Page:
The Contractual Implications of the Tanzania Upstream Petroleum Fiscal Regime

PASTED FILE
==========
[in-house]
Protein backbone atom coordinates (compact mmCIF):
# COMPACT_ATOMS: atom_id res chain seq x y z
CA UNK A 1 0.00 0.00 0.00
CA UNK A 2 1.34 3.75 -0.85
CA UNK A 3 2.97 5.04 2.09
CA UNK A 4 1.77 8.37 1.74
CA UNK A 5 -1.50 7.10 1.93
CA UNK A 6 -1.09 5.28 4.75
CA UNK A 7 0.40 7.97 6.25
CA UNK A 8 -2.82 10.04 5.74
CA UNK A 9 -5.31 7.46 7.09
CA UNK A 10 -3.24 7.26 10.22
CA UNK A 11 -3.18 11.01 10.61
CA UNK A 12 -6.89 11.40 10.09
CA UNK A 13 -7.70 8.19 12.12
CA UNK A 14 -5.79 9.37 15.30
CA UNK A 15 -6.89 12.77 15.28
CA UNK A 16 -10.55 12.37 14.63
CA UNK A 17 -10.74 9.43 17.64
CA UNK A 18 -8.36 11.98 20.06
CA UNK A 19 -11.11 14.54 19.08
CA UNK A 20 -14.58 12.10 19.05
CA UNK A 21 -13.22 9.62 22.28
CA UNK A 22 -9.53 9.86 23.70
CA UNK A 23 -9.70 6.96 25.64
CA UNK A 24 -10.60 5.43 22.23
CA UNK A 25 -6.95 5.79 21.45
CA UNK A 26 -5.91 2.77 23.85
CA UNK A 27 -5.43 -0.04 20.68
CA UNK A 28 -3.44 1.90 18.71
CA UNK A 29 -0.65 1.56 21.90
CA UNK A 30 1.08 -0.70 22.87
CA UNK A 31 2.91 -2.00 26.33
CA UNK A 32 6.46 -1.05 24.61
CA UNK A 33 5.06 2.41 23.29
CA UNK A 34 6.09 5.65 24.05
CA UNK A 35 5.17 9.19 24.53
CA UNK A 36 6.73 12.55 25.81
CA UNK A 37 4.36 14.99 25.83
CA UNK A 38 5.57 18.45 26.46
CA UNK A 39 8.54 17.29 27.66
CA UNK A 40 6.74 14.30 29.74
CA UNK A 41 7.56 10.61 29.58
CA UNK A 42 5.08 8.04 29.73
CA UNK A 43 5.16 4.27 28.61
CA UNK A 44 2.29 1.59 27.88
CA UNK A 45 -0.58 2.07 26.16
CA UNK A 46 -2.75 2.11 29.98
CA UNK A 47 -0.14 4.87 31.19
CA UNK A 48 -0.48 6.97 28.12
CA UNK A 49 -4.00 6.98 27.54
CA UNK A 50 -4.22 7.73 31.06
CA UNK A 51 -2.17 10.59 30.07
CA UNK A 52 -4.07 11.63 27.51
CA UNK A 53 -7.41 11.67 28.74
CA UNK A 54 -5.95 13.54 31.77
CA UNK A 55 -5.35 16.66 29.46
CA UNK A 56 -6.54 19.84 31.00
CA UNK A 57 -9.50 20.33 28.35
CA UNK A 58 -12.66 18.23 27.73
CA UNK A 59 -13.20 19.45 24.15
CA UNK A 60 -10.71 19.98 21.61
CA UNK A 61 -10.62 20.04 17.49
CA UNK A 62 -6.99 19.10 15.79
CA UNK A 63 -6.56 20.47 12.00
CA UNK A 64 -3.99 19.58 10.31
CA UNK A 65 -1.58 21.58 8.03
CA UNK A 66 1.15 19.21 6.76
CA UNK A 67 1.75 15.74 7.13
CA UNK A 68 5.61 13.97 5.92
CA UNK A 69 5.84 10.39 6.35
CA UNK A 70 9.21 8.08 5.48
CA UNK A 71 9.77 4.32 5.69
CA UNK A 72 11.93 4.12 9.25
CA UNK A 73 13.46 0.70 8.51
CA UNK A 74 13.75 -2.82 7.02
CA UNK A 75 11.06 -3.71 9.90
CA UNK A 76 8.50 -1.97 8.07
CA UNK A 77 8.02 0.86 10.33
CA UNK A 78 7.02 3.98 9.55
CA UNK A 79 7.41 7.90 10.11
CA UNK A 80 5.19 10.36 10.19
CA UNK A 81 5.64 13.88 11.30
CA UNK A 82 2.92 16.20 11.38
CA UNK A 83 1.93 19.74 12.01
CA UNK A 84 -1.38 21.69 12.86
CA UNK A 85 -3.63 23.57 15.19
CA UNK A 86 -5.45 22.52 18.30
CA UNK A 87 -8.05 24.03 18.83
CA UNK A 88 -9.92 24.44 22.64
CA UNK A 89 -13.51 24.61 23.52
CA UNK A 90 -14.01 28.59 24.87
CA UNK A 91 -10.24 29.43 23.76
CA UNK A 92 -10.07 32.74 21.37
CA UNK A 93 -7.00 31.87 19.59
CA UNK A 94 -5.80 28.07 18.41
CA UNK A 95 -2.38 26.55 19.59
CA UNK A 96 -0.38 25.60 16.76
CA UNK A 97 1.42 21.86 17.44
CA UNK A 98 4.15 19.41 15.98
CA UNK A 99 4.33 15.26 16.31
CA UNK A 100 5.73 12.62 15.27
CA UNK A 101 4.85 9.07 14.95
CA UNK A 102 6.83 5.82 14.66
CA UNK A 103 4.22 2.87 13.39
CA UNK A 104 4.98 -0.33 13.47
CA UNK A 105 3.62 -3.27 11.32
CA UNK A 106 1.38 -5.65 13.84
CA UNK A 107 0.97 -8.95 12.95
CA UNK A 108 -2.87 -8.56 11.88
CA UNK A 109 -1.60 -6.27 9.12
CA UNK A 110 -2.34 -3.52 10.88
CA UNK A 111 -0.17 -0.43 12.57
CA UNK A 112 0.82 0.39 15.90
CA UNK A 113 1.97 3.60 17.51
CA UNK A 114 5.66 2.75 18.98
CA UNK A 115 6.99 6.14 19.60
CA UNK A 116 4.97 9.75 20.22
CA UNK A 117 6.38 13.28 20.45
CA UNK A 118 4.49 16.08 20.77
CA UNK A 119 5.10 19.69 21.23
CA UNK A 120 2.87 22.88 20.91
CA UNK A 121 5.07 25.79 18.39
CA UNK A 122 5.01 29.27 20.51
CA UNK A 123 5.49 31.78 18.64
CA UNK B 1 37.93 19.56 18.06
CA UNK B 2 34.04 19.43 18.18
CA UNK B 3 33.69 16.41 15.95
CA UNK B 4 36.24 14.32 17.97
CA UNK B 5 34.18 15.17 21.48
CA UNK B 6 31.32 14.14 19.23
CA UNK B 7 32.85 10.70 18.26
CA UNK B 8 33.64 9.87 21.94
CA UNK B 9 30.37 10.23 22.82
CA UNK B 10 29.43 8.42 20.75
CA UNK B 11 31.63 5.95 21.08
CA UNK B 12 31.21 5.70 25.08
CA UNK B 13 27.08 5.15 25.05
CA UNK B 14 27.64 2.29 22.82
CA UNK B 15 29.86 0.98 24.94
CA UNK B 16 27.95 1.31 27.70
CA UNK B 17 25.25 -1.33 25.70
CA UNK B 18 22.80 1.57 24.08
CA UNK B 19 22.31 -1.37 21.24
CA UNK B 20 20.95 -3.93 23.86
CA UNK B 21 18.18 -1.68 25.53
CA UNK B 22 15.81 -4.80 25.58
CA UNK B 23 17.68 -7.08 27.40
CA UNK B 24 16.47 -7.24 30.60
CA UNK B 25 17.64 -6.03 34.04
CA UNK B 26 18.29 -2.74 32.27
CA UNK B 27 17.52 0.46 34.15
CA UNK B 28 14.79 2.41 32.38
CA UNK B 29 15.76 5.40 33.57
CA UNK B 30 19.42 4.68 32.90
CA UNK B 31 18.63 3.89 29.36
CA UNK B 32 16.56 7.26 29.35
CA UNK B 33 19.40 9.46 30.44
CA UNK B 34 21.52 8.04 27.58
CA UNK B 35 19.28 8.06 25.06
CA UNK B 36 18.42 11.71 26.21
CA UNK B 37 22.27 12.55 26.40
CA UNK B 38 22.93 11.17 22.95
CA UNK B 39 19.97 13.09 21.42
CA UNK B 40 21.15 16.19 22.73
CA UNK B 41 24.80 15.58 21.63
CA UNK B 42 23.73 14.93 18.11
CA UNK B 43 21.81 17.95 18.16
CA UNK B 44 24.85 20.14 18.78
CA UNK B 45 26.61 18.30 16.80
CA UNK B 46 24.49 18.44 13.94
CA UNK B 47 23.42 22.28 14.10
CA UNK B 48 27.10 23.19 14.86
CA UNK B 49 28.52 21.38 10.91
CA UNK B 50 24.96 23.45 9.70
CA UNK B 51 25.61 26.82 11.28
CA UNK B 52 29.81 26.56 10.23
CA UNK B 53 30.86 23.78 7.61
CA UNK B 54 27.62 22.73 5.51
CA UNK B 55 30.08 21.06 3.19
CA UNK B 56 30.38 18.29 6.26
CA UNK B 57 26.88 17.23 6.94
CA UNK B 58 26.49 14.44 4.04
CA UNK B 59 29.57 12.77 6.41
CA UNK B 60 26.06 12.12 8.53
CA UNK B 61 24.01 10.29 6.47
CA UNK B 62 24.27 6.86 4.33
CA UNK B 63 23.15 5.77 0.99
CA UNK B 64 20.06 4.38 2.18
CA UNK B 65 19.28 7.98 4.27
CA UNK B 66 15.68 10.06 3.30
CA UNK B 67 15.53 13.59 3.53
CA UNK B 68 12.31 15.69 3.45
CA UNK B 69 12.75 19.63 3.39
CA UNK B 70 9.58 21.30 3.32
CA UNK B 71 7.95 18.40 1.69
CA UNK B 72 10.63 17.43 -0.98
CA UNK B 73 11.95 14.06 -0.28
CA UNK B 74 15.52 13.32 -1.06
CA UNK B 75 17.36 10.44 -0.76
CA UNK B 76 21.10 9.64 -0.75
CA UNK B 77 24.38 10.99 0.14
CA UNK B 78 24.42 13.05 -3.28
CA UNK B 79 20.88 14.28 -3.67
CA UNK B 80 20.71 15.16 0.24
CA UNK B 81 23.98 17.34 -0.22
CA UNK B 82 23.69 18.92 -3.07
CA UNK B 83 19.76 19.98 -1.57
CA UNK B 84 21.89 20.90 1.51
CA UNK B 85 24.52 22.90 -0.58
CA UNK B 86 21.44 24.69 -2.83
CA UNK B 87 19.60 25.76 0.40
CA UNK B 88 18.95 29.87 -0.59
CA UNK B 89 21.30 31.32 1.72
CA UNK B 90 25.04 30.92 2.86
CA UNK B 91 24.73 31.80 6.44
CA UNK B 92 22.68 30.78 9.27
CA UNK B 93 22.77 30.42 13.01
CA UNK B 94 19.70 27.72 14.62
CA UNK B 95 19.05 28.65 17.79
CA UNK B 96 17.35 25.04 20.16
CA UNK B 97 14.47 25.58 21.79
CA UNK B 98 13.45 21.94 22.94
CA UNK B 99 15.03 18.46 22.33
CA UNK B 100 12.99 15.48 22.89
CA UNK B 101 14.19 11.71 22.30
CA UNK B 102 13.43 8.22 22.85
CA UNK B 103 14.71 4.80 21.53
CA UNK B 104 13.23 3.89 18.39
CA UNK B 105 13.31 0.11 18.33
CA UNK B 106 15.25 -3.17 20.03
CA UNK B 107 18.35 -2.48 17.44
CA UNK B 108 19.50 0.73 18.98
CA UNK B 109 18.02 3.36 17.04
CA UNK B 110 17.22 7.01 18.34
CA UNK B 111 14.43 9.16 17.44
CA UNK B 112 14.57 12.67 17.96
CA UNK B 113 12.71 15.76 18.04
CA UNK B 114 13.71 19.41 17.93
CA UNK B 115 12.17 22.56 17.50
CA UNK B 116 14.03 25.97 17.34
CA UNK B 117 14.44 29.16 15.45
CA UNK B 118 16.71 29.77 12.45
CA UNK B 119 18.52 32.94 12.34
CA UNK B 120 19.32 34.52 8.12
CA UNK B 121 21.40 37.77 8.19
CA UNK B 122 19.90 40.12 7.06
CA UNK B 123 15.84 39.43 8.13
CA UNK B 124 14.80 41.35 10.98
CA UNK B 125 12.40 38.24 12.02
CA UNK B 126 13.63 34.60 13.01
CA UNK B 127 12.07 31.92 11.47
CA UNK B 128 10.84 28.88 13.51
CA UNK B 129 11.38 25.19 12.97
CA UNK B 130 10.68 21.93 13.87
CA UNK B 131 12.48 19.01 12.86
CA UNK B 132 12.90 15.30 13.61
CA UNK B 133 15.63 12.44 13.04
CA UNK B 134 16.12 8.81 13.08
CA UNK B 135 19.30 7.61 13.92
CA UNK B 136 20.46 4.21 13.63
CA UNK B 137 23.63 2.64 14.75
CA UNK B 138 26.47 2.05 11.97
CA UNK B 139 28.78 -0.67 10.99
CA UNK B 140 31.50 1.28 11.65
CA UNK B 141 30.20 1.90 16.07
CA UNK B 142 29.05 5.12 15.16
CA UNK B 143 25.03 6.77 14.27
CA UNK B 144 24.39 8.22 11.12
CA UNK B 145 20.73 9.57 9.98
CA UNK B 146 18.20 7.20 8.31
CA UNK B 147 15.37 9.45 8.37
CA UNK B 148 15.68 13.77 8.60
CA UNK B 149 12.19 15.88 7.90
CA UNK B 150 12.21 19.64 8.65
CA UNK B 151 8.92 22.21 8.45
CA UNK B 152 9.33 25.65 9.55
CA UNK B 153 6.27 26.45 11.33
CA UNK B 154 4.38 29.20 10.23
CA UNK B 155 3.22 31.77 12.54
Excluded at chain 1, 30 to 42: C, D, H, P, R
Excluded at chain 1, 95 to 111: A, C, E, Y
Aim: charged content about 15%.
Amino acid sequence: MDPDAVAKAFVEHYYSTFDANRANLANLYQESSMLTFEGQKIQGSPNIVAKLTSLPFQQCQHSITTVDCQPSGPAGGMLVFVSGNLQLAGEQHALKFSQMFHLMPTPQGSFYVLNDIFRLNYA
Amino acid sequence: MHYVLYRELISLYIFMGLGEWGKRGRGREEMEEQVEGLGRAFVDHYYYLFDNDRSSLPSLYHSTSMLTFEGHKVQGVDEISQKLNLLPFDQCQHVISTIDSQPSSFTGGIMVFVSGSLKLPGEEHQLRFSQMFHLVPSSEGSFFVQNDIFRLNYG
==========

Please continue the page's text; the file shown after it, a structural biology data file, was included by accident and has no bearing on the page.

The purpose of this brief is to examine the effectiveness of the current fiscal regime and its contractual implications. The investor and the government may have different objectives in the development of gas fields. With the current fiscal regime, a prospective investor can satisfy the objective of obtaining substantial profits from gas exploitation with an internal rate of return above the market discount rate of 10%. With proper tax administration the government is able to maintain the current tax rates at the same time encourage exploration and development of fields which are commercially viable before and after tax. By analysing the 2013 Model Production Sharing Agreement the author shows that with varying gas prices and costs of investments the current rent collecting system is progressive. Amidst the declining oil prices in the world market a debate has emerged whether the Tanzanian fiscal regime is too tight or not and how it may affect Investments in the sector. The analysis takes into account that before deciding to extract natural gas, a contractor and the government need to make financial analysis to determine if a project is viable. The widely used method in the industry is the Capital Budgeting Method to determine the size of economic rents on any project in the petroleum industry by using practical performance criteria and yardsticks at field development stage of which include the Net Present Value (NPV), rate of return (IRR) and investors weighted cost